When you see the naked, to clothe him, And not to ignore your kin. Then when you call, the lord will answer; When you cry, He will say: "Here I am – Hineini"

It is no coincidence that the most important day in our calendar revolves around these words. Our task, it would seem, is astonishingly simple - at least on paper. I am called to be my fullest self in supporting others as fully as I can. This is to approach the Divine, to obliterate considerations of distinctions between myself and others; to come within earshot of Gd whispering "Hineini" in my own moments of pain.

The real challenge is allowing others to be there for me. I am reminded of the many friends who fed me warm meals in Kentucky this summer, who lent me a dry roof, who just wanted to welcome me into their homes as a friend. More difficult, I am reminded of needing a friend's shoulder to cry on, as my year of international transitions overwhelmed me. I remember my parents' words of encouragement to follow through with my overwhelming travel schedule, in moments of doubt before I left for Israel. Too often, I've been taught to pursue fierce independence. I've come to embrace dependence. So I'm here to visit my family, with a simple truth: I need you guys.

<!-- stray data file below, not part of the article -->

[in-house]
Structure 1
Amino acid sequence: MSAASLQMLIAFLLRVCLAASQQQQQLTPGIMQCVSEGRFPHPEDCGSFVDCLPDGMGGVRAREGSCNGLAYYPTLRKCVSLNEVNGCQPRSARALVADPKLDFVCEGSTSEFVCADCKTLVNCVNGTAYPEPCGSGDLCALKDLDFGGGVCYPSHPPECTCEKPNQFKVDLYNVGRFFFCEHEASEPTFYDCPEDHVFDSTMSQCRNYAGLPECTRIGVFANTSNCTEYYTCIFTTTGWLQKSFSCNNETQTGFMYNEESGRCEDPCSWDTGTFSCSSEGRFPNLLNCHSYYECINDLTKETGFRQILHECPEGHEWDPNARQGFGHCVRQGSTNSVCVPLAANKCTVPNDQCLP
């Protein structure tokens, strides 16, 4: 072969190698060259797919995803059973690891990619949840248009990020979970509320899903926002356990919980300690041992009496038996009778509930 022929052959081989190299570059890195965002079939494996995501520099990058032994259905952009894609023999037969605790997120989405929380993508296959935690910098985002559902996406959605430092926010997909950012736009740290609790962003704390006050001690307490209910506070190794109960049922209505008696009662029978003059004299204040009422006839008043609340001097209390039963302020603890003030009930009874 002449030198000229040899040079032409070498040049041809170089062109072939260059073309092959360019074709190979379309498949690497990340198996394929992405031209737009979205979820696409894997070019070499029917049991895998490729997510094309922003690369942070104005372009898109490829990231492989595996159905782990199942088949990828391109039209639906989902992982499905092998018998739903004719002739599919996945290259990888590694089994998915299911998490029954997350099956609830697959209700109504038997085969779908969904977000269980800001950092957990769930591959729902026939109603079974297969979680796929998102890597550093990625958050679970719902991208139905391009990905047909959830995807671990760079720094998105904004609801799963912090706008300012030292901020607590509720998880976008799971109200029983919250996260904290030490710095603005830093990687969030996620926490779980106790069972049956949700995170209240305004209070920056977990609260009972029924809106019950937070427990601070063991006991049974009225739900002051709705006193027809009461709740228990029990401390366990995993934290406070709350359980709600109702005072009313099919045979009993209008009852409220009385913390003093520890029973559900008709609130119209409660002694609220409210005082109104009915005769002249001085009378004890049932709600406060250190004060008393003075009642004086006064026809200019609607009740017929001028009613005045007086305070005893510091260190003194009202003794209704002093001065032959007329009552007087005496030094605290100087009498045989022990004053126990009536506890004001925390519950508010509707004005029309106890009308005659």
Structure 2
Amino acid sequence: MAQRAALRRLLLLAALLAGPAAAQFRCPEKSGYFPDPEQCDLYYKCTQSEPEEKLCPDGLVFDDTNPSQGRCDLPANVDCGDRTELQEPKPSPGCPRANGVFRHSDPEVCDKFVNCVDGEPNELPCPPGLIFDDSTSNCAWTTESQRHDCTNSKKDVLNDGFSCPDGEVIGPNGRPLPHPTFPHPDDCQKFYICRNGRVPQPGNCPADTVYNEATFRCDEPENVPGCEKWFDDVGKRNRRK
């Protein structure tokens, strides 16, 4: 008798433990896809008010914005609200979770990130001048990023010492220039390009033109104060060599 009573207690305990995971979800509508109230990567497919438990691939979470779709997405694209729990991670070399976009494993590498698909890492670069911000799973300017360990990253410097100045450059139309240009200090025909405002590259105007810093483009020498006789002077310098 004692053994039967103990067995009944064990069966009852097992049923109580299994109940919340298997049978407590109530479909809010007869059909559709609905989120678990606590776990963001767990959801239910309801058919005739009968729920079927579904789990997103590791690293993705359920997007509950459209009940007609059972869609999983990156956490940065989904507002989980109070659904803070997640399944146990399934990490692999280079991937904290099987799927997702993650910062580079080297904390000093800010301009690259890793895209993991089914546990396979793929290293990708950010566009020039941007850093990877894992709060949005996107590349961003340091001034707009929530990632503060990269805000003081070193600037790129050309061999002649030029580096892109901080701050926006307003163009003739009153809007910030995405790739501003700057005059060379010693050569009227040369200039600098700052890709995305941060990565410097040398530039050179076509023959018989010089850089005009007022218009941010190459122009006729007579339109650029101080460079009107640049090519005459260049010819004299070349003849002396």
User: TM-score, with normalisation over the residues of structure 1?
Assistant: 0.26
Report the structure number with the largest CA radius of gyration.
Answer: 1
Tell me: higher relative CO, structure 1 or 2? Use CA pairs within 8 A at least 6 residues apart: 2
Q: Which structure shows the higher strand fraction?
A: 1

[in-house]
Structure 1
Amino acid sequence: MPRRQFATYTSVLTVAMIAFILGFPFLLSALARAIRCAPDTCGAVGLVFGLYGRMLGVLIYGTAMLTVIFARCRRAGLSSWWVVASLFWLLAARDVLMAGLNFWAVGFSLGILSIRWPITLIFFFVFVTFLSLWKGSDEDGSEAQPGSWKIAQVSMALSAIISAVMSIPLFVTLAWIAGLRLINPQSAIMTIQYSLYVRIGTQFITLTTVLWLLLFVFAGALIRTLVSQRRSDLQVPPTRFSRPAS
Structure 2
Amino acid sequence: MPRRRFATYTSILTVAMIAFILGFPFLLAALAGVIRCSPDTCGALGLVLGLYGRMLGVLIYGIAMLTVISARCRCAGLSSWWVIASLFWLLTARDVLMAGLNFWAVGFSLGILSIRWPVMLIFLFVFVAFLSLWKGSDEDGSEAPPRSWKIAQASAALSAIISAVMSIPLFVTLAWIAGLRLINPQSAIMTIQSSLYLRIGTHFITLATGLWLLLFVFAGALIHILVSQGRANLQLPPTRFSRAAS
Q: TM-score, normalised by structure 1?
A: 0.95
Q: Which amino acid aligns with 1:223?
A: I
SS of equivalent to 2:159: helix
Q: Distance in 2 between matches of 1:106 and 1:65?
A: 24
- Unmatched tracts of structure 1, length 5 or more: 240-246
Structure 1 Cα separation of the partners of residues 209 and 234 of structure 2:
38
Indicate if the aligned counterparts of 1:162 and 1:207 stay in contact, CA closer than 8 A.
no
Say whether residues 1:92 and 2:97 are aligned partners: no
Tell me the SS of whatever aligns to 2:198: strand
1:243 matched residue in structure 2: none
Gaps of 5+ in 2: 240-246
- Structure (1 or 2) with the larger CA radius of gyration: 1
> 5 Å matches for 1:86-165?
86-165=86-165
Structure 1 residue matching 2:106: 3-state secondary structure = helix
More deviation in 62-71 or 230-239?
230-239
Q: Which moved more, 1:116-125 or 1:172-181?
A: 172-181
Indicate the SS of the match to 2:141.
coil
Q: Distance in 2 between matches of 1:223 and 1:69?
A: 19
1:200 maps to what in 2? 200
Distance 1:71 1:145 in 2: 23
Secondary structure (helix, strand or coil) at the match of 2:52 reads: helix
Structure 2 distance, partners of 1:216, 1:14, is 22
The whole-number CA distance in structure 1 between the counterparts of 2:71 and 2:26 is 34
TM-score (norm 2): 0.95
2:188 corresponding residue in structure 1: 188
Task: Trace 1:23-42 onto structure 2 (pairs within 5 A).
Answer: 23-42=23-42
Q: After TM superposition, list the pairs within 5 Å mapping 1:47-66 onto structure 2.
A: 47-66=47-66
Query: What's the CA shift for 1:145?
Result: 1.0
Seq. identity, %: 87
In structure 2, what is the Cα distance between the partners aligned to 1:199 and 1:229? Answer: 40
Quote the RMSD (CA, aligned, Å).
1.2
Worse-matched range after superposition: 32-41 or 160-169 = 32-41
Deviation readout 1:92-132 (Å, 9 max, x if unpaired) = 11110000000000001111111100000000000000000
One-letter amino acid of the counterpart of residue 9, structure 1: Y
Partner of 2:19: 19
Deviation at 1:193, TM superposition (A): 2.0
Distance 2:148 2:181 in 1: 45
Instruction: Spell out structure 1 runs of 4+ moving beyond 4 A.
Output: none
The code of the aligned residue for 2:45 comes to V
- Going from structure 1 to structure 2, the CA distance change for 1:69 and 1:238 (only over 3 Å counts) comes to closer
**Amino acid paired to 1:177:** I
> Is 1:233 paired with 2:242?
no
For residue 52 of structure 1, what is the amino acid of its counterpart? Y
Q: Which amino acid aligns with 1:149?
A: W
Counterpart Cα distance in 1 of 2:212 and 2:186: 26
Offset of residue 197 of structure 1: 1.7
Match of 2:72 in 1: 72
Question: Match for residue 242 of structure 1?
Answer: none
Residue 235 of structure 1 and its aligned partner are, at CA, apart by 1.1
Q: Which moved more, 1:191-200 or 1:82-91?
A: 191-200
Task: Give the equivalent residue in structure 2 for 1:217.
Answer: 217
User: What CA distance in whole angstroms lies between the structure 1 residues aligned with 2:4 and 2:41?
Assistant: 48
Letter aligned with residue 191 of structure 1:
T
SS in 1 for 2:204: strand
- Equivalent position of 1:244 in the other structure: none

Without people of absolute generosity in my own life as a whole, including the most supportive family anyone could ask for, I would never have made it through the challenging transitions of this year. Our fast is here to bring us down to earth, more and more intensely as we work through this day; to remind us that others' compassion for us is our salvation – we people need each other. Isaiah is not just about supporting the physical needs of our most vulnerable. We must not only clothe the naked, we must never ignore our kin – those closest to us.

Our tradition puts forward that this ultimate moral obligation is woven into the fabric of the world and of our own being. Isaiah does not ask us to follow halakhic obligations, be they ritual laws, kashrut, or laws of tzedekah, with any thought of a world to come. When the words of tradition articulate Teshuva - return to the Divine - in the prayers of my own lips, I am called to unveil the source of morality in this world and in my own life, here and now. Not through prayer alone, but through building interdependence.

When you see the naked, to clothe him, And not to ignore your kin. Then when you call, the lord will answer; When you cry, He will say: "Here I am – Hineini"